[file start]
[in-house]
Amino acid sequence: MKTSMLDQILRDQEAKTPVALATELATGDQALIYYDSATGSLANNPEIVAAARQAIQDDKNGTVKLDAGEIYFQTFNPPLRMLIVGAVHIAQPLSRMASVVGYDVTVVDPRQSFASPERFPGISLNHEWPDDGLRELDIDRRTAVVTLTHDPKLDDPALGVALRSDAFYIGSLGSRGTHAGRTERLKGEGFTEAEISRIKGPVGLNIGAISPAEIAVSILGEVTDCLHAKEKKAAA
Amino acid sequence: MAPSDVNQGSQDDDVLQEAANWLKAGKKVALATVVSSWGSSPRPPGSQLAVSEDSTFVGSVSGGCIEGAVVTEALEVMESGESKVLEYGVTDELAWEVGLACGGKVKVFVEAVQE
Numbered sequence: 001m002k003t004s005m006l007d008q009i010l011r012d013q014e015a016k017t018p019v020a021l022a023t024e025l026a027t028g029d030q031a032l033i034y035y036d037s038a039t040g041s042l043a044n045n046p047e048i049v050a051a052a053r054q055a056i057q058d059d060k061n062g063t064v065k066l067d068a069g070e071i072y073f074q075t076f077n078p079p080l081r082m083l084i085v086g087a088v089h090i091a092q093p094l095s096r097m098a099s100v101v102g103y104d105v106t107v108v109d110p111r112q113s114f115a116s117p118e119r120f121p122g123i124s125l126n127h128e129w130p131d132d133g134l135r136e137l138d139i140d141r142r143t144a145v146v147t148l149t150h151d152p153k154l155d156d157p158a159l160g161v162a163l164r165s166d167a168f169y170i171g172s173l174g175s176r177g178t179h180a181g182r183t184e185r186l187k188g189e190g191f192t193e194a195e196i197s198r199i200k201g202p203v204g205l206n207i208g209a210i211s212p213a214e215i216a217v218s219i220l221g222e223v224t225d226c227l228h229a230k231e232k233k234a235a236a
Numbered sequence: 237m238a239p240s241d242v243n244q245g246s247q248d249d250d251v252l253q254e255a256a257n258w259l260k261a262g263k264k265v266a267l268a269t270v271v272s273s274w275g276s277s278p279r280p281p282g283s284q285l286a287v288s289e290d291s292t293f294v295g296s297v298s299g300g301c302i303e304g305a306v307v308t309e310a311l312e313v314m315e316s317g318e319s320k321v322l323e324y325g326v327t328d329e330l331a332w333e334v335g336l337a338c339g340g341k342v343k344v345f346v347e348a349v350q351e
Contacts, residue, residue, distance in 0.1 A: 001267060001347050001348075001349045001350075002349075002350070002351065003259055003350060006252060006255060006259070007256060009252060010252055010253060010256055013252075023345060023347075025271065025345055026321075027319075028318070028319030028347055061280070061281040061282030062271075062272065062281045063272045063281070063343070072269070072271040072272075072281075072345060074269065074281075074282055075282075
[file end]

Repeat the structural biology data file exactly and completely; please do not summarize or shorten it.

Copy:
[in-house]
Amino acid sequence: MKTSMLDQILRDQEAKTPVALATELATGDQALIYYDSATGSLANNPEIVAAARQAIQDDKNGTVKLDAGEIYFQTFNPPLRMLIVGAVHIAQPLSRMASVVGYDVTVVDPRQSFASPERFPGISLNHEWPDDGLRELDIDRRTAVVTLTHDPKLDDPALGVALRSDAFYIGSLGSRGTHAGRTERLKGEGFTEAEISRIKGPVGLNIGAISPAEIAVSILGEVTDCLHAKEKKAAA
Amino acid sequence: MAPSDVNQGSQDDDVLQEAANWLKAGKKVALATVVSSWGSSPRPPGSQLAVSEDSTFVGSVSGGCIEGAVVTEALEVMESGESKVLEYGVTDELAWEVGLACGGKVKVFVEAVQE
Numbered sequence: 001m002k003t004s005m006l007d008q009i010l011r012d013q014e015a016k017t018p019v020a021l022a023t024e025l026a027t028g029d030q031a032l033i034y035y036d037s038a039t040g041s042l043a044n045n046p047e048i049v050a051a052a053r054q055a056i057q058d059d060k061n062g063t064v065k066l067d068a069g070e071i072y073f074q075t076f077n078p079p080l081r082m083l084i085v086g087a088v089h090i091a092q093p094l095s096r097m098a099s100v101v102g103y104d105v106t107v108v109d110p111r112q113s114f115a116s117p118e119r120f121p122g123i124s125l126n127h128e129w130p131d132d133g134l135r136e137l138d139i140d141r142r143t144a145v146v147t148l149t150h151d152p153k154l155d156d157p158a159l160g161v162a163l164r165s166d167a168f169y170i171g172s173l174g175s176r177g178t179h180a181g182r183t184e185r186l187k188g189e190g191f192t193e194a195e196i197s198r199i200k201g202p203v204g205l206n207i208g209a210i211s212p213a214e215i216a217v218s219i220l221g222e223v224t225d226c227l228h229a230k231e232k233k234a235a236a
Numbered sequence: 237m238a239p240s241d242v243n244q245g246s247q248d249d250d251v252l253q254e255a256a257n258w259l260k261a262g263k264k265v266a267l268a269t270v271v272s273s274w275g276s277s278p279r280p281p282g283s284q285l286a287v288s289e290d291s292t293f294v295g296s297v298s299g300g301c302i303e304g305a306v307v308t309e310a311l312e313v314m315e316s317g318e319s320k321v322l323e324y325g326v327t328d329e330l331a332w333e334v335g336l337a338c339g340g341k342v343k344v345f346v347e348a349v350q351e
Contacts, residue, residue, distance in 0.1 A: 001267060001347050001348075001349045001350075002349075002350070002351065003259055003350060006252060006255060006259070007256060009252060010252055010253060010256055013252075023345060023347075025271065025345055026321075027319075028318070028319030028347055061280070061281040061282030062271075062272065062281045063272045063281070063343070072269070072271040072272075072281075072345060074269065074281075074282055075282075